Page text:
A view of Har Nof neighborhood in Jerusalem. Photo via Sir kiss/Wikimedia Commons/RNS.
At least four worshipers, three of them U.S.-born, were killed in an attack on a west Jerusalem synagogue Nov. 18 by two Palestinians wielding a gun, an ax, and a meat cleaver, police said.
The incident was the latest violent event in the tense city where relations between Arabs and Jews have been deteriorating for months over a contested shrine holy to both Jews and Muslims.
Police spokeswoman Luba Samri said eight people were wounded in the assault, including police officers. Samri said the attackers were Palestinians from east Jerusalem.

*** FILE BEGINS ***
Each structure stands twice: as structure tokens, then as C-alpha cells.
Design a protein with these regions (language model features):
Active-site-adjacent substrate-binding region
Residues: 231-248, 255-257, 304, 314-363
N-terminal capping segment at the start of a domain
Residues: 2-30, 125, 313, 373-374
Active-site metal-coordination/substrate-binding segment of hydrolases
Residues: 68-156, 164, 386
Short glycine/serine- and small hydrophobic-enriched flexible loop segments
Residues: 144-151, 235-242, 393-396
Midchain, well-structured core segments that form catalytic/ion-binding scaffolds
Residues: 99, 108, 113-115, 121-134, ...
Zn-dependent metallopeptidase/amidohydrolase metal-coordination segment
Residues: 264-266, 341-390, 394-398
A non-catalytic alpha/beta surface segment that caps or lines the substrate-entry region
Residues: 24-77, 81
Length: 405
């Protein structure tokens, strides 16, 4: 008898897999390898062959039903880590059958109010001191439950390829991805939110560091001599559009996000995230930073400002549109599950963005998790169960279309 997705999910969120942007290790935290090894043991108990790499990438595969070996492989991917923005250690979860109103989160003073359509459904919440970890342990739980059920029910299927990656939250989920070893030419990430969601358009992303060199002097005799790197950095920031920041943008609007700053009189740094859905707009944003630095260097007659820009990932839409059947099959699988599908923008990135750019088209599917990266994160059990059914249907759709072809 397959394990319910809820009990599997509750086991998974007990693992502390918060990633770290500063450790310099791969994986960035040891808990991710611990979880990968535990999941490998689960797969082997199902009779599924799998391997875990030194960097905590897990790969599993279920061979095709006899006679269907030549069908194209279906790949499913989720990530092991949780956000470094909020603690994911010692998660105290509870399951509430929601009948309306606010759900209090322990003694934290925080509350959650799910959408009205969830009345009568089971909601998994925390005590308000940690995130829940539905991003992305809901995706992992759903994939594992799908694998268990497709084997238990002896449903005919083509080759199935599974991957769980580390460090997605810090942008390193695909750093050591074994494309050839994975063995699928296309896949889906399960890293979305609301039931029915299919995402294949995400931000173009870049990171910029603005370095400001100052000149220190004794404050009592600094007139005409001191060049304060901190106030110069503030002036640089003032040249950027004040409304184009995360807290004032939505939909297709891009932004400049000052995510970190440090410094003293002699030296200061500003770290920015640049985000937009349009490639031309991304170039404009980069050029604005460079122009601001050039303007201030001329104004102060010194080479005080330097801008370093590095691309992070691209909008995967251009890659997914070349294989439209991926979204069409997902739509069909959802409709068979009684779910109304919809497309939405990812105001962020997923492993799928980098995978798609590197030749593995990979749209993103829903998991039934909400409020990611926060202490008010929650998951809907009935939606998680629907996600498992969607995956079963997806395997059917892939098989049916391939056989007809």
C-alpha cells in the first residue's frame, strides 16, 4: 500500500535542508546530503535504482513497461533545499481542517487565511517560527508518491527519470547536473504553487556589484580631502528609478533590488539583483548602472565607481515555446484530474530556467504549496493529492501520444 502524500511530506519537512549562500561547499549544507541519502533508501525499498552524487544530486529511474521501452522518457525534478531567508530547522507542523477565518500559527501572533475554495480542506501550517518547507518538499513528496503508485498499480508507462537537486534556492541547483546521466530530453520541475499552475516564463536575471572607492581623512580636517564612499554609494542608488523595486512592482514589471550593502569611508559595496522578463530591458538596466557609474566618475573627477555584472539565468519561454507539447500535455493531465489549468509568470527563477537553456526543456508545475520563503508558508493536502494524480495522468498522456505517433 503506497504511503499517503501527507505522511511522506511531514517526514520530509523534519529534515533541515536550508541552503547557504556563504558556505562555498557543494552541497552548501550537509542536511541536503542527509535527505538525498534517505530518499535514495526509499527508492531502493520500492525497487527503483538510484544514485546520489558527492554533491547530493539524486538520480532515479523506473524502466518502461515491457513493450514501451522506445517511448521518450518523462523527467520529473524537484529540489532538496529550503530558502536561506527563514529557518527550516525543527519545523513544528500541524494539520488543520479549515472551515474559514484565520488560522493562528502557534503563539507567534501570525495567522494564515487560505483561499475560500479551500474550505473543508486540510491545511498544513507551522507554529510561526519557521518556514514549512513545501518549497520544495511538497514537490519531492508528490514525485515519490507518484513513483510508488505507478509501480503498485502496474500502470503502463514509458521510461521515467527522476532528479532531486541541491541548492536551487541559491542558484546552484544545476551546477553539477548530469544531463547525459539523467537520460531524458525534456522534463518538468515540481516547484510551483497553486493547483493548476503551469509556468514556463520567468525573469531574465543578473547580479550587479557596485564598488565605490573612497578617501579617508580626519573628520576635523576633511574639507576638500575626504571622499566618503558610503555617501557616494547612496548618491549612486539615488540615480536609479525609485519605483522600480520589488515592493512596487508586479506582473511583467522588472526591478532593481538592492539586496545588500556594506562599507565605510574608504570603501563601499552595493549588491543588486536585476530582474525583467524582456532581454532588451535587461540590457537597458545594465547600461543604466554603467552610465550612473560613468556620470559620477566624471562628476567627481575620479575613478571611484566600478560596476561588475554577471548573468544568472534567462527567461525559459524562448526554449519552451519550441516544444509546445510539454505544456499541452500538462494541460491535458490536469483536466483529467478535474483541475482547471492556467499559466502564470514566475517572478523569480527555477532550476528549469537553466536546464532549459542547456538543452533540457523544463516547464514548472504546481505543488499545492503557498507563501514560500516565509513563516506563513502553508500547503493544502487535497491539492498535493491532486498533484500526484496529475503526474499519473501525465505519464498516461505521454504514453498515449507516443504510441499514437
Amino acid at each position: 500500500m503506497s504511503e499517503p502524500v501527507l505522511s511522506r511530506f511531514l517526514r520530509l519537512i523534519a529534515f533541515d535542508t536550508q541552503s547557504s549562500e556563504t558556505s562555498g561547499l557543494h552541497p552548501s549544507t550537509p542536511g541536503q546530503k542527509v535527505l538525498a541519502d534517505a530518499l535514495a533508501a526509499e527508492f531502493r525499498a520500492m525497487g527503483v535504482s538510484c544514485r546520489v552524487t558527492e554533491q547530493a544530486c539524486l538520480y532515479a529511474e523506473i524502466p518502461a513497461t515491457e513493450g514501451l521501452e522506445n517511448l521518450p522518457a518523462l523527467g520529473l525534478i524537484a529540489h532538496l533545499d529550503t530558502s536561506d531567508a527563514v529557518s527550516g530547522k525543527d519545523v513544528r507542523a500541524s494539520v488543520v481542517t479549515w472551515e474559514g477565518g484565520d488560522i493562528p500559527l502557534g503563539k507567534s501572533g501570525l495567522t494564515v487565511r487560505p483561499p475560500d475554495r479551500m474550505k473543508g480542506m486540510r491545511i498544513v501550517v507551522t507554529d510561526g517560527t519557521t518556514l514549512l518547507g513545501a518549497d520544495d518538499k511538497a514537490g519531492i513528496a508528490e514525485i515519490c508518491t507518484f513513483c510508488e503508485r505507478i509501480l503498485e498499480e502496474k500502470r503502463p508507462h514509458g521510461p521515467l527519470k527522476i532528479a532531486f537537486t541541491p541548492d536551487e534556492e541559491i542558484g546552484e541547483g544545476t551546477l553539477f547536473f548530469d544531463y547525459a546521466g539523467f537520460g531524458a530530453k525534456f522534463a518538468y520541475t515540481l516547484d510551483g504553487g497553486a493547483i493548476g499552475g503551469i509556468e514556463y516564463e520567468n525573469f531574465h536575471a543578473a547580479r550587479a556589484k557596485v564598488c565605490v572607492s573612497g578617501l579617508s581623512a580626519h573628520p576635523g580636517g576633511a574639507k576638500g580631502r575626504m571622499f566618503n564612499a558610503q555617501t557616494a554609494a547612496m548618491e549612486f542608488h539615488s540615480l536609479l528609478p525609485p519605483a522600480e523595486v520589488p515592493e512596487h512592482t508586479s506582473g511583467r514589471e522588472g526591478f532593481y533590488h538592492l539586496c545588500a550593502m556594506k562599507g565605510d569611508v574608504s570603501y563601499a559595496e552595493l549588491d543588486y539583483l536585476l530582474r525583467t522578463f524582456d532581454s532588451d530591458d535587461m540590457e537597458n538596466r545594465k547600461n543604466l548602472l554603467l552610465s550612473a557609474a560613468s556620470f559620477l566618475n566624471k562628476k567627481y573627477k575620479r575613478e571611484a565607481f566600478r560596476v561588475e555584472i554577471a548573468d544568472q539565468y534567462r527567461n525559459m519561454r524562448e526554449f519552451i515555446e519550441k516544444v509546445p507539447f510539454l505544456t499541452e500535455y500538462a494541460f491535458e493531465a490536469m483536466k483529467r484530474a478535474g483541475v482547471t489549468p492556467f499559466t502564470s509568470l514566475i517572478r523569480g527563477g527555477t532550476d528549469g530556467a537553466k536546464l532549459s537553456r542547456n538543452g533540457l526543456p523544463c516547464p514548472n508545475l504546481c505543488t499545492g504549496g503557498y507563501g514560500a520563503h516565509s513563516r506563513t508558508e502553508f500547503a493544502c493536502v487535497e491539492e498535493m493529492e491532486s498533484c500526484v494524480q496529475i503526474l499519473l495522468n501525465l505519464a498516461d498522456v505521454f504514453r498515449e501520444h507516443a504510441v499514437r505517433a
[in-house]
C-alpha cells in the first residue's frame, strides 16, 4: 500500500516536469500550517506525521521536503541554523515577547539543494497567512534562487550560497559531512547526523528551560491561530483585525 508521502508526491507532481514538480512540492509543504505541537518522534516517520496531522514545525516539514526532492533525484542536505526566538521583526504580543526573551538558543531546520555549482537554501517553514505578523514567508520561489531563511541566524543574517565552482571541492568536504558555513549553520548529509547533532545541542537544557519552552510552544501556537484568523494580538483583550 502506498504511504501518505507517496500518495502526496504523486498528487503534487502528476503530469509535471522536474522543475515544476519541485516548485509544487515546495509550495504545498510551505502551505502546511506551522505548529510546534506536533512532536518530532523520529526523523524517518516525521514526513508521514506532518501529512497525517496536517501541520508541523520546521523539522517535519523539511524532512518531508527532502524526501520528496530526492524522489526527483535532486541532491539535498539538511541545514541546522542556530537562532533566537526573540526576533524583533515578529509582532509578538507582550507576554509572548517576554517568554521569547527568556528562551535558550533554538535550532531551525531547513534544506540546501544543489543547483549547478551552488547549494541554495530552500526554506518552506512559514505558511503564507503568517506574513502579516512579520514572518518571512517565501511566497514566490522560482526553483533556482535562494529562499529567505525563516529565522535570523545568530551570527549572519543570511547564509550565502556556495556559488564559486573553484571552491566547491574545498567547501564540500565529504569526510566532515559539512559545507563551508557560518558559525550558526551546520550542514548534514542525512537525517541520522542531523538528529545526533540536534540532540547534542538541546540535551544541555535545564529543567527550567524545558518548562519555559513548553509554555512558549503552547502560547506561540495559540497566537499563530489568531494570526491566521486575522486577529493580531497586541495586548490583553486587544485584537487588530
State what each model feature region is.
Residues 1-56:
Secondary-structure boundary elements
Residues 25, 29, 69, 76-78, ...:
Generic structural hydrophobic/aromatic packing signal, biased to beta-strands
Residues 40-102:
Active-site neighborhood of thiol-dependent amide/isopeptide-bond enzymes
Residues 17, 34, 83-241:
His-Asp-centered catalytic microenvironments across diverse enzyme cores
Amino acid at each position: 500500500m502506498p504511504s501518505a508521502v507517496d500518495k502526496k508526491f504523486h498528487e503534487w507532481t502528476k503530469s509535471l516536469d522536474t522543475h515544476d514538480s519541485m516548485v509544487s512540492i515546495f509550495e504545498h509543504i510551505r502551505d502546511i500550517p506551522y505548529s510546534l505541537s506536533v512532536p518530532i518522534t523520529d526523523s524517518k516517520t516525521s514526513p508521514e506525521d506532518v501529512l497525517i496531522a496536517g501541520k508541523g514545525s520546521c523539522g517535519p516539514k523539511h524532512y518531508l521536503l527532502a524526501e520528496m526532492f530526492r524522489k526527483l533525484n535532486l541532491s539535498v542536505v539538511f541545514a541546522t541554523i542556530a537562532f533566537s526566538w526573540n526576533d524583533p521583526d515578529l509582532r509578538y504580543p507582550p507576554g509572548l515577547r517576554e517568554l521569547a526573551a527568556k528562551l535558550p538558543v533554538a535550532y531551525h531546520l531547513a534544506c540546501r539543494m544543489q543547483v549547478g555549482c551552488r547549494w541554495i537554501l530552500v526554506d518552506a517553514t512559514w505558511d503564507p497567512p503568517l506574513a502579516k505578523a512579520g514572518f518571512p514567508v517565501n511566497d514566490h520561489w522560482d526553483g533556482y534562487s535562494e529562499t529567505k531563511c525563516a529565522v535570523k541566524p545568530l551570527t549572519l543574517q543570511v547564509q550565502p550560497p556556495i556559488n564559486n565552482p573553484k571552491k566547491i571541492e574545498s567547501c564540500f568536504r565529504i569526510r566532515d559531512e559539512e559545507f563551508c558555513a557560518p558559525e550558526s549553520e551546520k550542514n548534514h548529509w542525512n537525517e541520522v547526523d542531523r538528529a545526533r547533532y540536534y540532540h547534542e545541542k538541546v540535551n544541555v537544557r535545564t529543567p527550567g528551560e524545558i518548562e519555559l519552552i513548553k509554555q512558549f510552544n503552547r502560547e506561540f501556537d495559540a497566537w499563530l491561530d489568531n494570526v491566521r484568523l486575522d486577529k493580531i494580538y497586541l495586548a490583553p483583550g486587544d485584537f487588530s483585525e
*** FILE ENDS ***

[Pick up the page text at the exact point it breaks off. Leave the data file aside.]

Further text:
One of the victims was Rabbi Moshe Twersky, 59, a native of Massachusetts, according to Haaretz. Aryeh Kupinsky and Kalman Zeev Levine, 43 and 55, respectively, were also U.S.-born. Avraham Shmuel Goldberg, 68, was born in England.
The attack took place in the Jewish neighborhood of Har Nof in the western part of the city. The attackers were shot and killed by police following a shootout. Police were searching the area for other suspects.
The Abu Ali Mustafa Brigades, the military wing of the Popular Front for the Liberation of Palestine, claimed responsibility for the attack, according to the BBC.
Yosef Posternak, who was at the synagogue at the time of the attack, told Israel Radio that about 25 worshipers were inside when the attackers entered.
“I saw people lying on the floor, blood everywhere. People were trying to fight with (the attackers) but they didn’t have much of a chance,” he said.